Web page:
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Case Reports in Surgery
Volume 2013 (2013), Article ID 926514, 3 pages
Case Report

Cecal Lipoma Presenting as Acute Intestinal Obstruction in an Elderly Woman: A Case Report

1First Department of Surgery, Saint George General Hospital of Chania, 73100 Crete, Greece
2Primary Health Care Centre of Kissamos, Chania, 73400 Crete, Greece
3Private Family Practice Unit in Heraklion, 74100 Crete, Greece

Received 1 May 2013; Accepted 12 June 2013

Academic Editors: C. Barnett, D. J. Bentrem, T. Hotta, A. K. Karam, and A. R. Novotny

Copyright © 2013 Miltiades Kastanakis et al. This is an open access article distributed under the Creative Commons Attribution License, which permits unrestricted use, distribution, and reproduction in any medium, provided the original work is properly cited.


Colonic lipomas are rare nonepithelial tumors that are usually detected incidentally during surgery or colonoscopy. Although lipomas generally remain asymptomatic, when they exceed 2 cm of diameter they may cause abdominal pain, obstruction, or intussusception. Here we present a case of an elderly woman referred by her general practitioner to a general hospital of Crete because of acute abdominal pain along with signs of intestinal obstruction and a positive history of appetite loss. Abdominal computed tomography was performed. To marginalise the risk of malignancy, a right hemicolectomy was performed. Histopathological examination of the resected specimen confirmed the diagnosis of cecal lipoma.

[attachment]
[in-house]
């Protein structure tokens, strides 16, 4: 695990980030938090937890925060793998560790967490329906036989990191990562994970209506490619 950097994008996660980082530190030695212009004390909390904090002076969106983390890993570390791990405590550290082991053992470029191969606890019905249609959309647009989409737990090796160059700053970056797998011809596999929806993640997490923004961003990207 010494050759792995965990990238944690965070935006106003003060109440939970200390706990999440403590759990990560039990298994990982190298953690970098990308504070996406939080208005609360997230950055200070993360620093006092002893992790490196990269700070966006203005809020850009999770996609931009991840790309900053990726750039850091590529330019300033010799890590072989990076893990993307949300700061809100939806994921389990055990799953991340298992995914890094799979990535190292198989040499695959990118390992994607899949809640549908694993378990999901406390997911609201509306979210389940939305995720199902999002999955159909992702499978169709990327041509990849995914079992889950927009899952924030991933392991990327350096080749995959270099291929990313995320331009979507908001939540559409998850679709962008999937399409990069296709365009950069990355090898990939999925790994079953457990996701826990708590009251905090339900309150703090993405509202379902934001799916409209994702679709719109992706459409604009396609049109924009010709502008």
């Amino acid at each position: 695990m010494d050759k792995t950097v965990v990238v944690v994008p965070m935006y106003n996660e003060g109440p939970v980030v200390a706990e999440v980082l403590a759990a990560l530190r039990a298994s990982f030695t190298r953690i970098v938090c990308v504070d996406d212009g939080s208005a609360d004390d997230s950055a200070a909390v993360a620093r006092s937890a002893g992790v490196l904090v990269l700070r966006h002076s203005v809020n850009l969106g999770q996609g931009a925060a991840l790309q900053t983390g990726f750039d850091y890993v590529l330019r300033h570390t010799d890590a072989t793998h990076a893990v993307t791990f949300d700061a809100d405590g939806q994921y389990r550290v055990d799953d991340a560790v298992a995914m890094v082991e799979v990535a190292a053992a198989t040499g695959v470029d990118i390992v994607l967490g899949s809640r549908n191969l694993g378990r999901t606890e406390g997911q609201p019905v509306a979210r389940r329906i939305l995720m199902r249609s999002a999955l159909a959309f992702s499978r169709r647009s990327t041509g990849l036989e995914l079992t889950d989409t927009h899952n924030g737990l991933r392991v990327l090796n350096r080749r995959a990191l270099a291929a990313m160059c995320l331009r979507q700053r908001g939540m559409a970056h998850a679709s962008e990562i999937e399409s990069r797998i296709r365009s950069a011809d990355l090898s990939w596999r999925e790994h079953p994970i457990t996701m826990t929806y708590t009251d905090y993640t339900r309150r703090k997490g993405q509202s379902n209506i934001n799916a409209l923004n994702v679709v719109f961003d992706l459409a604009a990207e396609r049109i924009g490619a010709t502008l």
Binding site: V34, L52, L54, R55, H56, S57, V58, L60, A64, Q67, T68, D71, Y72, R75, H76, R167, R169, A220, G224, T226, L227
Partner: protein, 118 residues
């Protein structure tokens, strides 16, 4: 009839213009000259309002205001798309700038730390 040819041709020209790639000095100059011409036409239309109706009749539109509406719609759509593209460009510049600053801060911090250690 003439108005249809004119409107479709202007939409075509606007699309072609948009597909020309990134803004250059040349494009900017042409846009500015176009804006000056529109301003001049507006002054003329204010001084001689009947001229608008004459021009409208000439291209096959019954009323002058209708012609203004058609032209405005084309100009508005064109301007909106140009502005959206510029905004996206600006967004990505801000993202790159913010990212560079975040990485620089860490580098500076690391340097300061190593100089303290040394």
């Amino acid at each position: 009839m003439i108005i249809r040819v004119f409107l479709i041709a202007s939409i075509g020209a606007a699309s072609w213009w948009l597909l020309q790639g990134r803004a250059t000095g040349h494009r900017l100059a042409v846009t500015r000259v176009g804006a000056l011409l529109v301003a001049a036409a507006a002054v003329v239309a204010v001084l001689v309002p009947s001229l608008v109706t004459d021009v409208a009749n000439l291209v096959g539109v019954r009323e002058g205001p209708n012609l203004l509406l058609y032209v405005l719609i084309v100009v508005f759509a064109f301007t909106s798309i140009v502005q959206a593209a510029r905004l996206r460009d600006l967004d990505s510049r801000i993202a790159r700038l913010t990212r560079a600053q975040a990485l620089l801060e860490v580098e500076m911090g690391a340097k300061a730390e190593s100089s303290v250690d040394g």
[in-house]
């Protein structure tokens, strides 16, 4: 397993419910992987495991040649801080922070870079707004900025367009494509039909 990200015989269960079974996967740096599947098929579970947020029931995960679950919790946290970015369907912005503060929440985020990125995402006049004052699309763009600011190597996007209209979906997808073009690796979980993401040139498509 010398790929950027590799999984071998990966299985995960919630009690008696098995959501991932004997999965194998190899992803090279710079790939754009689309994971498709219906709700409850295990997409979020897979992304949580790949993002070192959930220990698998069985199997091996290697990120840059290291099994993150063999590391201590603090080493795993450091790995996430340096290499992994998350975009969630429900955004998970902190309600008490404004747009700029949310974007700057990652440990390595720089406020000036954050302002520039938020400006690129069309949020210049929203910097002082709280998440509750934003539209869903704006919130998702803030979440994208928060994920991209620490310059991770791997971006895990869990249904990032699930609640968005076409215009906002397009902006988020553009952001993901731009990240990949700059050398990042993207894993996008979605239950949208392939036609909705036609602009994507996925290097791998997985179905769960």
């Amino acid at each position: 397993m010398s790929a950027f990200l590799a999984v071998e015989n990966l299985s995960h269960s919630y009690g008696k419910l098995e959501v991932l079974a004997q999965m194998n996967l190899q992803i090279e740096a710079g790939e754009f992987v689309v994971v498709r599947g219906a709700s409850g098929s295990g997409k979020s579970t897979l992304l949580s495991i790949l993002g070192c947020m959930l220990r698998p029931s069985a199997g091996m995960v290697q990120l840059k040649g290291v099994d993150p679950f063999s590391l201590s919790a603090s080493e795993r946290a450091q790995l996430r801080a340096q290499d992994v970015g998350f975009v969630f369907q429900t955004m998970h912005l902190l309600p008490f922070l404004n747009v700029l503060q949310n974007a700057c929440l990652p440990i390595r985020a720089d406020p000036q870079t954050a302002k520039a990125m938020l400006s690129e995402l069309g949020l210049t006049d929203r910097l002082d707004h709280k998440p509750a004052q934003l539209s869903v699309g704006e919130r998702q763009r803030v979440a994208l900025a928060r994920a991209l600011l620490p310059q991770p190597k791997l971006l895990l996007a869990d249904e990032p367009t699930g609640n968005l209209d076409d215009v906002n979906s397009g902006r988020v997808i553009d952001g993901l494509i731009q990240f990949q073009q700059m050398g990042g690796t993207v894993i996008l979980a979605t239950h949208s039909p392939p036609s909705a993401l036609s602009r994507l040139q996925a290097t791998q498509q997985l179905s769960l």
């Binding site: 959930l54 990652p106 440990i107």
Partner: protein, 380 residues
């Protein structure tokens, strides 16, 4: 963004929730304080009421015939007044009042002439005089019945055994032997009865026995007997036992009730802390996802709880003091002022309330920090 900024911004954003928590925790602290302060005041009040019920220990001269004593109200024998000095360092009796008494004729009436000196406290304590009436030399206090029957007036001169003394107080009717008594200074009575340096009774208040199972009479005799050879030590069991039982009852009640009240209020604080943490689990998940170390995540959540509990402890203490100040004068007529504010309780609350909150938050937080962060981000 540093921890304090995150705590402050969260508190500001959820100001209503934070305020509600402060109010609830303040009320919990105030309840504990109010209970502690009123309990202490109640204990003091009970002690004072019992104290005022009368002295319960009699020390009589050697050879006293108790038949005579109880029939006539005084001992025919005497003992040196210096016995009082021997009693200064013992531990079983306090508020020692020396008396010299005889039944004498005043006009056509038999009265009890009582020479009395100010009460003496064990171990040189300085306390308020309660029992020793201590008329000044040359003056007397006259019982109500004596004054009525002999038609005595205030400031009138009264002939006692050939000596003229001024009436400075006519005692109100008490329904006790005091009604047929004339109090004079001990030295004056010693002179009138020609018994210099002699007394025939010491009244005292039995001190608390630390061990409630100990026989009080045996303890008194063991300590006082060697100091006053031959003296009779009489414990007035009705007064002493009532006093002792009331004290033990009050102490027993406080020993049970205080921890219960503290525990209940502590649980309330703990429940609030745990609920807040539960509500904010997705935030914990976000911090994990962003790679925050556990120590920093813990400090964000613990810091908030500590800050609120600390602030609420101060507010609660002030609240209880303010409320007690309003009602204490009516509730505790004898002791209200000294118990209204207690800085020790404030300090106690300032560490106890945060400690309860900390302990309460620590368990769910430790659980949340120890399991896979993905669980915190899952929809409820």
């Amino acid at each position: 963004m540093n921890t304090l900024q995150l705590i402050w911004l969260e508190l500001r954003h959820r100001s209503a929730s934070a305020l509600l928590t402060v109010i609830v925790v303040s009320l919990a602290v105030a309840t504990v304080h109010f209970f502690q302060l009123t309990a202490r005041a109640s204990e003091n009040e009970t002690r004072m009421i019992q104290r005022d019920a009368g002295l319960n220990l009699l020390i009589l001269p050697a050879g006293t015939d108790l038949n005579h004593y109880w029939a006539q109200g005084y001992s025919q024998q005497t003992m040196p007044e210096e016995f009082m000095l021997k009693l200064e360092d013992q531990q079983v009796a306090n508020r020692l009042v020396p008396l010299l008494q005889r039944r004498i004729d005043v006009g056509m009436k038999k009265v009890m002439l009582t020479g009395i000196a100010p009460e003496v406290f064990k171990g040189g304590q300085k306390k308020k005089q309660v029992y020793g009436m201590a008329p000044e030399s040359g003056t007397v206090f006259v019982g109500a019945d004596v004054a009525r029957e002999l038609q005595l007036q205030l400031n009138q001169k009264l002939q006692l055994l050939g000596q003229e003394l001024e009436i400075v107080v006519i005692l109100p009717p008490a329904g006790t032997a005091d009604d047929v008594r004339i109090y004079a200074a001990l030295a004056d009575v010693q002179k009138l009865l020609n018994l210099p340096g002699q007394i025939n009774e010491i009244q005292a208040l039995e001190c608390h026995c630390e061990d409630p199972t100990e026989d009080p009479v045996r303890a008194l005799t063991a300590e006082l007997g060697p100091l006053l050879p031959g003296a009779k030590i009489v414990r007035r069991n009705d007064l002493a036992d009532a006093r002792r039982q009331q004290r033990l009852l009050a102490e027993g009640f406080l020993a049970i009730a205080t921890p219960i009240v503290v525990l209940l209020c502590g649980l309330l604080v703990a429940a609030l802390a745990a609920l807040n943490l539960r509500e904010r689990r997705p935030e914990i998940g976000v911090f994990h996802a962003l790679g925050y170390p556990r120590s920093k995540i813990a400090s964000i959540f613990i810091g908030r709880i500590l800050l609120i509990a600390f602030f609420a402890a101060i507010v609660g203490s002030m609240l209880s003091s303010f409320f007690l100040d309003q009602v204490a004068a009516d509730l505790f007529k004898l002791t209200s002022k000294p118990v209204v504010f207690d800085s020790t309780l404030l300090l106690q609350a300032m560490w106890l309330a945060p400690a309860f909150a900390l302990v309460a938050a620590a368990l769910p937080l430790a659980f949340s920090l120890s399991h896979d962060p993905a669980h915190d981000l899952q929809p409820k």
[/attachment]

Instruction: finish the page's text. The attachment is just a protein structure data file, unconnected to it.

1. Introduction

Colonic lipomas are rare nonepithelial tumors of the large intestine which are usually detected incidentally during surgery or endoscopy [1]. Their incidence ranges from 0.2% to 4.4% [2]. Those with a diameter smaller than 2 cm usually remain asymptomatic [1]. Larger intestinal lipomas may cause symptoms of intestinal obstruction, intussusception, rectal bleeding, or diarrhea [1, 3]. Preoperative diagnosis is often challenging [4]. We describe a case of massive cecal lipoma in an elderly female presenting with signs of acute intestinal obstruction.

2. Case Report